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Geographical differentiation of Aphanius dispar (Teleostei: Cyprinodontidae) from Southern Iran

Home Forums Ichthyology Geographical differentiation of Aphanius dispar (Teleostei: Cyprinodontidae) from Southern Iran

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    Matt
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    Journal of Zoological Systematics and Evolutionary Research – early view

    Abstract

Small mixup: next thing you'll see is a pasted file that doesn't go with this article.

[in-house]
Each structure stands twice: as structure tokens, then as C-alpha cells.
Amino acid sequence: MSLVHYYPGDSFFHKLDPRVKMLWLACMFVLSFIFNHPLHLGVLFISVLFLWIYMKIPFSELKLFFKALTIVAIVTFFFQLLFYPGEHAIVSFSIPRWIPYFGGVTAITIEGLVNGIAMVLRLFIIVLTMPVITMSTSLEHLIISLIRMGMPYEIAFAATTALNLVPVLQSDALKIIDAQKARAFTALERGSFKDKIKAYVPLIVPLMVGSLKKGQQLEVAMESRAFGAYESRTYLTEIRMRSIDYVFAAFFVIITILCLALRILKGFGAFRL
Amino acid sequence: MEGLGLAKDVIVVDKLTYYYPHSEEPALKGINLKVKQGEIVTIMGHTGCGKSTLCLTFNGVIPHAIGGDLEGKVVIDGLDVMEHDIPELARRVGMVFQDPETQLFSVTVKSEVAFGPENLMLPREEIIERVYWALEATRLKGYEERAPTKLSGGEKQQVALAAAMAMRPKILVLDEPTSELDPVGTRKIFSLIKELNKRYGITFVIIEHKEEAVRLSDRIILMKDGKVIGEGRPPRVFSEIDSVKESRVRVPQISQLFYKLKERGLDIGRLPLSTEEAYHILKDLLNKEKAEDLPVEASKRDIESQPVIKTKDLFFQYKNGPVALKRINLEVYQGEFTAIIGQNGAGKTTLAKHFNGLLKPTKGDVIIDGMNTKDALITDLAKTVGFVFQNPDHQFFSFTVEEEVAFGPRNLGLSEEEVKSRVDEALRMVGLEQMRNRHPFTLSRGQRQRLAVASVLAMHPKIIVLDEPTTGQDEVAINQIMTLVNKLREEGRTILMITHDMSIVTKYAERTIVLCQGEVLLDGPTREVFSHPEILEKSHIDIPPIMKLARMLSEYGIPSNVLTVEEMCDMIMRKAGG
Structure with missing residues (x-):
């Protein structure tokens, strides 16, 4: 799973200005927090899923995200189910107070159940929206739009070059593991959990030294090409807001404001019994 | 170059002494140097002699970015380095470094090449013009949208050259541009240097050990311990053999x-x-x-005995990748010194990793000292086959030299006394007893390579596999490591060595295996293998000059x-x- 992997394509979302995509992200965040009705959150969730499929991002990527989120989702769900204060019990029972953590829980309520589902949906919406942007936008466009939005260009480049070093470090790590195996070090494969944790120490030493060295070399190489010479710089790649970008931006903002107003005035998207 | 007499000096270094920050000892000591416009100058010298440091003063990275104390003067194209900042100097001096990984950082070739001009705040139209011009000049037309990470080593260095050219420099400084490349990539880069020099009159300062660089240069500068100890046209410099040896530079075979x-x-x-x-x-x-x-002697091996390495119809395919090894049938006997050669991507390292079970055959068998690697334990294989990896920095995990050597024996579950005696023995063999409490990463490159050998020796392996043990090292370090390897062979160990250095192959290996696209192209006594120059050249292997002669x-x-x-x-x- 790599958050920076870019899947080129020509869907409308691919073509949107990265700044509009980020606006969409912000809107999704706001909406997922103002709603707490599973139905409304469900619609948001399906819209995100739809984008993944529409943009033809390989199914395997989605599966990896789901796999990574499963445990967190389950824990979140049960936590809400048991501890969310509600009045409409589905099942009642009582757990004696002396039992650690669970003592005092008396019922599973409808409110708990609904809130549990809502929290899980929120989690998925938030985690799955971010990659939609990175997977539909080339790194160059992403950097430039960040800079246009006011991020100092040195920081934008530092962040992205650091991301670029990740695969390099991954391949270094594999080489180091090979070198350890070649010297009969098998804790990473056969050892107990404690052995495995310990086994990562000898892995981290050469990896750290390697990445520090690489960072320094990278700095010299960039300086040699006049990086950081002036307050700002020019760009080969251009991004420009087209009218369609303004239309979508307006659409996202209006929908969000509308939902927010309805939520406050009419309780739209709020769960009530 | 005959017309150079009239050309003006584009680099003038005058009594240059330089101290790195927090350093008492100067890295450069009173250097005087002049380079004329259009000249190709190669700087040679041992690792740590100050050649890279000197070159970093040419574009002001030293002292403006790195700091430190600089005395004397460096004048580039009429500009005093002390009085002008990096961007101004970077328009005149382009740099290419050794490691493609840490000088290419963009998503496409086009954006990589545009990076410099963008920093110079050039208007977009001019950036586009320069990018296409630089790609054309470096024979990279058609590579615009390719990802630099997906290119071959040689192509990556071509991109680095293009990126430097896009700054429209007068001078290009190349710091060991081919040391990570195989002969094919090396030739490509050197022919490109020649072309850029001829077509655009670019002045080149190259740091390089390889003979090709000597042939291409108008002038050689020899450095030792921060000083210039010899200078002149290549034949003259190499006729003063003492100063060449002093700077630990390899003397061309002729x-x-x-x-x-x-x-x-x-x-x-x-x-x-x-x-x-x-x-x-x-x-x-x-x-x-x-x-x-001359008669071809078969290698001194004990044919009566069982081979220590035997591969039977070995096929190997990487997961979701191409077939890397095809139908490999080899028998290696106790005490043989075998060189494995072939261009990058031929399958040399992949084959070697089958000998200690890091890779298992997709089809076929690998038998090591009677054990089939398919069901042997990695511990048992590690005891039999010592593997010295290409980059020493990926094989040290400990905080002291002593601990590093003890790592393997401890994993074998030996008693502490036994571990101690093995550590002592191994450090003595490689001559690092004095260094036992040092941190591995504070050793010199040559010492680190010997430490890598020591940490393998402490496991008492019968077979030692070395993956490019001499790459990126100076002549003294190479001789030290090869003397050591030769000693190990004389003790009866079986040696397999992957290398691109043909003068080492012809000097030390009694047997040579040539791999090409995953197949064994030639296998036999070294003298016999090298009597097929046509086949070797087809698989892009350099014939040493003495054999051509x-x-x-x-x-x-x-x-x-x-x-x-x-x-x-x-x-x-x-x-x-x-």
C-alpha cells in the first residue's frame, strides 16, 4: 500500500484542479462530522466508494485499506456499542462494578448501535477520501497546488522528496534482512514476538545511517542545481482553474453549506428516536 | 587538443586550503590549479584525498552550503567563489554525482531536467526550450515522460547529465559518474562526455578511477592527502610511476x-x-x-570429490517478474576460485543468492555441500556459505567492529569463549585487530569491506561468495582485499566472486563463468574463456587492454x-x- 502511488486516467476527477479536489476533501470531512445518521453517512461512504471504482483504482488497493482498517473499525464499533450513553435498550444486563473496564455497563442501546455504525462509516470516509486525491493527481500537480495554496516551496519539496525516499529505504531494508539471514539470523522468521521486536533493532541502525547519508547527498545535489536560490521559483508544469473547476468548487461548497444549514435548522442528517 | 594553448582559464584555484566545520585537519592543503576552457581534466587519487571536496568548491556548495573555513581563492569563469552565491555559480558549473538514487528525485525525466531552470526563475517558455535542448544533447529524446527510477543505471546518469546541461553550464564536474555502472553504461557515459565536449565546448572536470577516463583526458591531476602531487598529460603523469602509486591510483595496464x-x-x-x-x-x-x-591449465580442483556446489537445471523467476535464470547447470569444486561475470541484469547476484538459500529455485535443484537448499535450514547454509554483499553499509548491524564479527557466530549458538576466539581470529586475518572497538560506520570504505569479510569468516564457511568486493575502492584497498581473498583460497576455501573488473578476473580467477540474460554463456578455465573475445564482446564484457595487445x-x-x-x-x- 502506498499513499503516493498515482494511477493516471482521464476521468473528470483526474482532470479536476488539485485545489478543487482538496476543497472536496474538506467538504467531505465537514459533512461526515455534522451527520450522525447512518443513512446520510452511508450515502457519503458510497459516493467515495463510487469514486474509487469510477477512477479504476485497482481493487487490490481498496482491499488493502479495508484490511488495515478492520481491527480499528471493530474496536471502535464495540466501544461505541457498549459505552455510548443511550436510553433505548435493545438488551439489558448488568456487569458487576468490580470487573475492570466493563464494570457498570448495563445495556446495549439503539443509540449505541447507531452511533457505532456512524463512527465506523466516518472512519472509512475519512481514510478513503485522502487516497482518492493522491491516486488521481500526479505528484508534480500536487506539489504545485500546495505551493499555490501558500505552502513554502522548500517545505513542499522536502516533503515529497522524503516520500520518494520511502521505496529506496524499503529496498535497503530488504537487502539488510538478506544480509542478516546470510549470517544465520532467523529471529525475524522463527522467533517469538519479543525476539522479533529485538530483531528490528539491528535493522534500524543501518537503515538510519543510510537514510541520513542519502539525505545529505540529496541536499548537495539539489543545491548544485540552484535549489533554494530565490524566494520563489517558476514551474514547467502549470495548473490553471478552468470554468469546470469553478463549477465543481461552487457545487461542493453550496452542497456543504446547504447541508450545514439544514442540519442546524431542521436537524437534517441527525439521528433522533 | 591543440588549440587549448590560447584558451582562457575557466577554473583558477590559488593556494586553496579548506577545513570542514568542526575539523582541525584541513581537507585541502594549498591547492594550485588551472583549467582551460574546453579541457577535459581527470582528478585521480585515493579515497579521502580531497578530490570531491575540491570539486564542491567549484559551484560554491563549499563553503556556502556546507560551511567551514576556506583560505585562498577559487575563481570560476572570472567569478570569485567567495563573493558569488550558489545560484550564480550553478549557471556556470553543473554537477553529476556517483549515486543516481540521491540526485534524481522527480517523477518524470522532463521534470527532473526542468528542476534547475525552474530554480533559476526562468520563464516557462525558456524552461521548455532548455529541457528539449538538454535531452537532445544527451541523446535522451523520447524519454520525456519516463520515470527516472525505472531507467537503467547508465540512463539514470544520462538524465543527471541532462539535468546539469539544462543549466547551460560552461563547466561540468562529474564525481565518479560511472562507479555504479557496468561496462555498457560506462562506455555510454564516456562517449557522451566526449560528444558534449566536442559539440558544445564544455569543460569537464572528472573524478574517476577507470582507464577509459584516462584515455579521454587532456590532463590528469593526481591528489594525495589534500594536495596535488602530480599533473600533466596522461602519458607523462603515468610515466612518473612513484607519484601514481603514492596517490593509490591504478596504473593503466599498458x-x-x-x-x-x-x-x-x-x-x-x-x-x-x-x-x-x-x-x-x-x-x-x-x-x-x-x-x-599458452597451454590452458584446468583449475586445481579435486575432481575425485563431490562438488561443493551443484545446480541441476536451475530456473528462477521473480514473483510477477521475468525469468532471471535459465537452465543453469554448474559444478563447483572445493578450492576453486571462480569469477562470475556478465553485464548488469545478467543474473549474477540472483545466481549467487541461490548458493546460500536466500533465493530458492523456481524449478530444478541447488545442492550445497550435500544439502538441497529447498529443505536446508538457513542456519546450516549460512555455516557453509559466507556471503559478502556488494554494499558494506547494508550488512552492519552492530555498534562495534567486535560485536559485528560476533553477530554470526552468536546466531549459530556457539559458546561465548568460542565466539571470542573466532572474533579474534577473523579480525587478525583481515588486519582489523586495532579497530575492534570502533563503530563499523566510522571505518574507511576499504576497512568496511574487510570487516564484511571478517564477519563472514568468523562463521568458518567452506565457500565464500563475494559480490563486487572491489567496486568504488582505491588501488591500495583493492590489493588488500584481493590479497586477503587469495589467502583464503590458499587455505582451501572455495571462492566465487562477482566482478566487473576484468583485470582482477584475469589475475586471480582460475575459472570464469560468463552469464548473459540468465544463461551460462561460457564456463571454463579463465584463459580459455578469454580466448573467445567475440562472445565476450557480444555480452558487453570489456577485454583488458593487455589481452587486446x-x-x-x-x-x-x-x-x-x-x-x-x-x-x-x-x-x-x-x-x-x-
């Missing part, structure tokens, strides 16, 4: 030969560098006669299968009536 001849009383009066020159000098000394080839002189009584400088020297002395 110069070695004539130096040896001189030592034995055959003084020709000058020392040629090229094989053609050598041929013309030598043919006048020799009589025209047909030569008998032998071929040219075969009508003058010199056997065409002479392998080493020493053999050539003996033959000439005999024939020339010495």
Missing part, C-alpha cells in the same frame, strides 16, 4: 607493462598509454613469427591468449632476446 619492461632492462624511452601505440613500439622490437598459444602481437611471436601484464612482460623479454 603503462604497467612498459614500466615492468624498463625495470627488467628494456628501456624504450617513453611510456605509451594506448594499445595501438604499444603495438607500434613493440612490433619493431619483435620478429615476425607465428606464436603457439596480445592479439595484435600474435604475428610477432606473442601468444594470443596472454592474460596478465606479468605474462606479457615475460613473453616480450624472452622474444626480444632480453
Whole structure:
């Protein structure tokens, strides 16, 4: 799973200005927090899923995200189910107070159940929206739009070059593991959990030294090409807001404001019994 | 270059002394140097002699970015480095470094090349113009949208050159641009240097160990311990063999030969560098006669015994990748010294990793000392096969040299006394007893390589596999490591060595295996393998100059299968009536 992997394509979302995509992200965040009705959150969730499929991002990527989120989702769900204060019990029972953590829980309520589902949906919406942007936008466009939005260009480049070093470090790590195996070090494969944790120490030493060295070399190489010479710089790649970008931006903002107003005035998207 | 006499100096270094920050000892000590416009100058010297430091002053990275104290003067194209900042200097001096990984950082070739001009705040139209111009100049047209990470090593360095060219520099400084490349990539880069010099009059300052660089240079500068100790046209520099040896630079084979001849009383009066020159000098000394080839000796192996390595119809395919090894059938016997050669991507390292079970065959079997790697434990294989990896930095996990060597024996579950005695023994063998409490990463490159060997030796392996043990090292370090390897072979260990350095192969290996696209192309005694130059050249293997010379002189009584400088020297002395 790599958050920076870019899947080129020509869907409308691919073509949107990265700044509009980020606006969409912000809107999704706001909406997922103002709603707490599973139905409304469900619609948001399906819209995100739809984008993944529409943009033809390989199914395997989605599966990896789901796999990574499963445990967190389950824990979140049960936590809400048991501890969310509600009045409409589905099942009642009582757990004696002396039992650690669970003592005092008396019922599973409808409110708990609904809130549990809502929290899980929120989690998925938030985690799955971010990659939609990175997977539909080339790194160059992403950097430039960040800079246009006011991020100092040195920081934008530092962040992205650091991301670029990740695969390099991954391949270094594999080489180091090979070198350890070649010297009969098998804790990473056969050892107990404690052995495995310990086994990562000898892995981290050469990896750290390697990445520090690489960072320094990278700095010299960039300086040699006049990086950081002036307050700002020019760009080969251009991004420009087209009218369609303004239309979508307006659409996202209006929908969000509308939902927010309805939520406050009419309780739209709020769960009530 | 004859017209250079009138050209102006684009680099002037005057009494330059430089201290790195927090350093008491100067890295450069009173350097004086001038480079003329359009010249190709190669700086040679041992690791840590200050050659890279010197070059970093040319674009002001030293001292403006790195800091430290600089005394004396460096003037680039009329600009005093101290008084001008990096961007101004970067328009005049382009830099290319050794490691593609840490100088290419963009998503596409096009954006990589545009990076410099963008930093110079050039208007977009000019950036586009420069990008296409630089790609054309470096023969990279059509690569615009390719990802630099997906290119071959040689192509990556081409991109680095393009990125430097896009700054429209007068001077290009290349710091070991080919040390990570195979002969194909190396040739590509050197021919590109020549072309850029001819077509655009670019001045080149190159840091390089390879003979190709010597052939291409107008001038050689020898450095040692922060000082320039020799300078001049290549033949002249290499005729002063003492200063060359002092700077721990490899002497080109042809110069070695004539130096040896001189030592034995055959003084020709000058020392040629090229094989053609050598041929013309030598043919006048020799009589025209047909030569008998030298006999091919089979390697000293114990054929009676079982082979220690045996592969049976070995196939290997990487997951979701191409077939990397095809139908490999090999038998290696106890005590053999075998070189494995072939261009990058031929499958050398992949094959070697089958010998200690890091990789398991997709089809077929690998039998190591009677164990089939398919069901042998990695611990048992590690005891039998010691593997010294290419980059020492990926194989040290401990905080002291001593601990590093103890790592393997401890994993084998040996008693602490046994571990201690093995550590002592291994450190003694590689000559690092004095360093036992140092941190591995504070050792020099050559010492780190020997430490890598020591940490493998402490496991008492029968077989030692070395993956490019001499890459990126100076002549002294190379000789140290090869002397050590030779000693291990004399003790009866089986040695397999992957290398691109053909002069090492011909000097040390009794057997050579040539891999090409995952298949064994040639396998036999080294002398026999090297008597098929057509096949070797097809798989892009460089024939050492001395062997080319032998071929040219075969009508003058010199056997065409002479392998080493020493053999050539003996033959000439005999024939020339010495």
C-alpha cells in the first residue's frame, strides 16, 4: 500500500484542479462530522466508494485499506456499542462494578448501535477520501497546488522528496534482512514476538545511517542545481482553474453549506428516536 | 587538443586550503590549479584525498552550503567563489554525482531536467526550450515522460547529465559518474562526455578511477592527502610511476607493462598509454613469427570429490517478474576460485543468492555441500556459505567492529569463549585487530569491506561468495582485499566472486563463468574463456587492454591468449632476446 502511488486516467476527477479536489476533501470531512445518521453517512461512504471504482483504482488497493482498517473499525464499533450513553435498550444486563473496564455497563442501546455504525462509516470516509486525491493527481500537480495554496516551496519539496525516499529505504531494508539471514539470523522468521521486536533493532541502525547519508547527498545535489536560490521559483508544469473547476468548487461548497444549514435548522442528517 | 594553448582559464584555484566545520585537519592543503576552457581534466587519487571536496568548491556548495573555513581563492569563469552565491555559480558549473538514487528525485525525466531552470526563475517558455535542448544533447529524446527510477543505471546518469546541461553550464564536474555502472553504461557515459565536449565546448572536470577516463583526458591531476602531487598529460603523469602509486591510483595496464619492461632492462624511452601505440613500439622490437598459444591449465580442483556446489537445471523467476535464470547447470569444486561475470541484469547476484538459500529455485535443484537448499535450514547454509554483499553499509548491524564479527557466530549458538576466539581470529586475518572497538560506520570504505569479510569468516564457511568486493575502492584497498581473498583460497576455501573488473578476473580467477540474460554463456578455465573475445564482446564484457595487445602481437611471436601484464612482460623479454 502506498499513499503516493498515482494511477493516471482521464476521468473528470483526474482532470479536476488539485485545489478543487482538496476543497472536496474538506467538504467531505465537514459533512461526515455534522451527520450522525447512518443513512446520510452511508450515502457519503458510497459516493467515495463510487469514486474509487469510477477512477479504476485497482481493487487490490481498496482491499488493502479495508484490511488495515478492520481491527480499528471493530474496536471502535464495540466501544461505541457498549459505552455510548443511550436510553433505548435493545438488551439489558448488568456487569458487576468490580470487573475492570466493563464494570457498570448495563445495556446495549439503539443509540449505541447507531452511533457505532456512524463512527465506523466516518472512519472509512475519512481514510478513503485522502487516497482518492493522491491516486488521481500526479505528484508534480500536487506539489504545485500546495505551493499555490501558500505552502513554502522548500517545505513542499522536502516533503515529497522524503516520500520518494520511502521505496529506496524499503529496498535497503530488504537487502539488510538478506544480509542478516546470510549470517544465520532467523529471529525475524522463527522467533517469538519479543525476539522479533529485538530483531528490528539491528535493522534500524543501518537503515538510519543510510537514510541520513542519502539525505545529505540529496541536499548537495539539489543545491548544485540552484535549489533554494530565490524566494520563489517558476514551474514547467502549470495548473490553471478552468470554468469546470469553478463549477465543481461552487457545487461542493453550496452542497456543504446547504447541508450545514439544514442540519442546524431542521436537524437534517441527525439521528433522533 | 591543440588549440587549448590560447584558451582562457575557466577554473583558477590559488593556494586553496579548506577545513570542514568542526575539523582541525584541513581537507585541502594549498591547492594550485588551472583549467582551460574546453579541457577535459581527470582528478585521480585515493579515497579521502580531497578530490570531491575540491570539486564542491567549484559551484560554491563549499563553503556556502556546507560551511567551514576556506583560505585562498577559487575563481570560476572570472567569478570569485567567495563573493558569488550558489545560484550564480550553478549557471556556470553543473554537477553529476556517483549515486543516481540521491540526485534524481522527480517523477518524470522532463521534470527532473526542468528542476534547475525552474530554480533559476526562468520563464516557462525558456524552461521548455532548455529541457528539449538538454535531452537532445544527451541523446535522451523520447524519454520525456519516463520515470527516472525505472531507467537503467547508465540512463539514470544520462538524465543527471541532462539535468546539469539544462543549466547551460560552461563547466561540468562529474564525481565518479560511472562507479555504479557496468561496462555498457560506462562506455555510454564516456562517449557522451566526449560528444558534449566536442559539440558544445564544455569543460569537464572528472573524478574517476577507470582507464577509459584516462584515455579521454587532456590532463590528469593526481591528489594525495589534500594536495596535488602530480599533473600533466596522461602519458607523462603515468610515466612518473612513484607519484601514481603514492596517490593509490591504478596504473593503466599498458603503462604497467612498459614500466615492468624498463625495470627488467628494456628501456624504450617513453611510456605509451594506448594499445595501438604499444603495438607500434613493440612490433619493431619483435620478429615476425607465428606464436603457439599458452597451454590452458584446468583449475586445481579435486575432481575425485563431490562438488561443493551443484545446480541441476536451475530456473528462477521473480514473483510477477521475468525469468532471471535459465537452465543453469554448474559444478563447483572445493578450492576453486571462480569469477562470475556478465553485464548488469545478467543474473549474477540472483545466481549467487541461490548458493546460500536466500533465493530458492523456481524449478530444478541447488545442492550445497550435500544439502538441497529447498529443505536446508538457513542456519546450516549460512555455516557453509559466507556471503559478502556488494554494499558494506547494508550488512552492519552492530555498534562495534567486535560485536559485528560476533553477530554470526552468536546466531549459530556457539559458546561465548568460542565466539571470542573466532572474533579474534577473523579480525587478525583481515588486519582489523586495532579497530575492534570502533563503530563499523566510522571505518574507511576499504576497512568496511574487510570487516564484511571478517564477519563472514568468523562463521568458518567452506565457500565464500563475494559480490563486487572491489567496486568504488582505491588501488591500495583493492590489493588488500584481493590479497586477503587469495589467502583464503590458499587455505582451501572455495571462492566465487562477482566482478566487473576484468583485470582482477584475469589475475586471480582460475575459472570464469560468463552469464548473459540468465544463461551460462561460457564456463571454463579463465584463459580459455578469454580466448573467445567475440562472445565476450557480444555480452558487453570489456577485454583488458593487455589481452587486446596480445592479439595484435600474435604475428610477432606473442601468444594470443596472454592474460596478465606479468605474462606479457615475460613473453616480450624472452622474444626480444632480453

The Arabian cyprinodontid Aphanius dispar (Rüppell, 1829) is known to show considerable morphological variation. It has remained unknown, however, whether this variation is a result of environmental differences or allopatric divergence owing to geographical isolation. In this study, 11 populations of A. dispar from three geographically separated basins were analysed, that is, the Makran Basin (I, one river system), the Hormuzgan Basin (II, five rivers and three hot springs) and the Helleh Basin (III, two hot springs) in southern Iran. Statistical analyses do not indicate significant differences between the fishes from river and hot spring habitats (T-test, p <  0.05), which is also supported by the Canonical Discriminant Analysis (CDA). Nevertheless, morphometric and meristic characters of the fishes, as well as otolith morphology and morphometry, demonstrate that six phenotypic characters discriminate the A. dispar populations of the three basins, that is, (1) predorsal distance (Prdd.SL), (2) head length (HL.SL), (3) pelvic fin length (Lplf.SL), (4) number of pelvic fin rays, as well as relative length of both the (5) medial part and (6) rostrum of the otolith. In addition, these characters display a consistent pattern of variation, thus providing support for the assumption that the phenotypically different A. dispar populations are a result of geographical isolation and not related to environmental differences. It is likely that the geological history of the drainage systems caused isolation event(s) that may date back to the Pleistocene (1.8 million years before present). The high phenotypic differences might suggest that theA. dispar populations from the three studied basins represent separate subspecies or even species.

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